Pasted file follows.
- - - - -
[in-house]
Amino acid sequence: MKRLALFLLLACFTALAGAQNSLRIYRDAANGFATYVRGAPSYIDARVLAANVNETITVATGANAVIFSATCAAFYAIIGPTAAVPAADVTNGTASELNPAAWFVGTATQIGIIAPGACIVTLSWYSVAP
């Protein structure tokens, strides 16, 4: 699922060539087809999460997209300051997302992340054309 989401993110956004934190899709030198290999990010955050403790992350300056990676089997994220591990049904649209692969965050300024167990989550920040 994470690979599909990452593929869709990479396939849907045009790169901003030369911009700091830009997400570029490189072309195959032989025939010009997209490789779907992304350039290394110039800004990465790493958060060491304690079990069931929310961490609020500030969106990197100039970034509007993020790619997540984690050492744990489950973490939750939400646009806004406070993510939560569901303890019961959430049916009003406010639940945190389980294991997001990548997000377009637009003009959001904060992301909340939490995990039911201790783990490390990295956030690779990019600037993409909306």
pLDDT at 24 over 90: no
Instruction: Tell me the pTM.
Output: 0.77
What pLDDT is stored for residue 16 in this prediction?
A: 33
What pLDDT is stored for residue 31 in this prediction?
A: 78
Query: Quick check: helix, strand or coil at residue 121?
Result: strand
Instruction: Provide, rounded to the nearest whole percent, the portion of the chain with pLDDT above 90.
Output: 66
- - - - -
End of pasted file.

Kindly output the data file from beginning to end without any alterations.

[in-house]
Amino acid sequence: MKRLALFLLLACFTALAGAQNSLRIYRDAANGFATYVRGAPSYIDARVLAANVNETITVATGANAVIFSATCAAFYAIIGPTAAVPAADVTNGTASELNPAAWFVGTATQIGIIAPGACIVTLSWYSVAP
């Protein structure tokens, strides 16, 4: 699922060539087809999460997209300051997302992340054309 989401993110956004934190899709030198290999990010955050403790992350300056990676089997994220591990049904649209692969965050300024167990989550920040 994470690979599909990452593929869709990479396939849907045009790169901003030369911009700091830009997400570029490189072309195959032989025939010009997209490789779907992304350039290394110039800004990465790493958060060491304690079990069931929310961490609020500030969106990197100039970034509007993020790619997540984690050492744990489950973490939750939400646009806004406070993510939560569901303890019961959430049916009003406010639940945190389980294991997001990548997000377009637009003009959001904060992301909340939490995990039911201790783990490390990295956030690779990019600037993409909306």
pLDDT at 24 over 90: no
Instruction: Tell me the pTM.
Output: 0.77
What pLDDT is stored for residue 16 in this prediction?
A: 33
What pLDDT is stored for residue 31 in this prediction?
A: 78
Query: Quick check: helix, strand or coil at residue 121?
Result: strand
Instruction: Provide, rounded to the nearest whole percent, the portion of the chain with pLDDT above 90.
Output: 66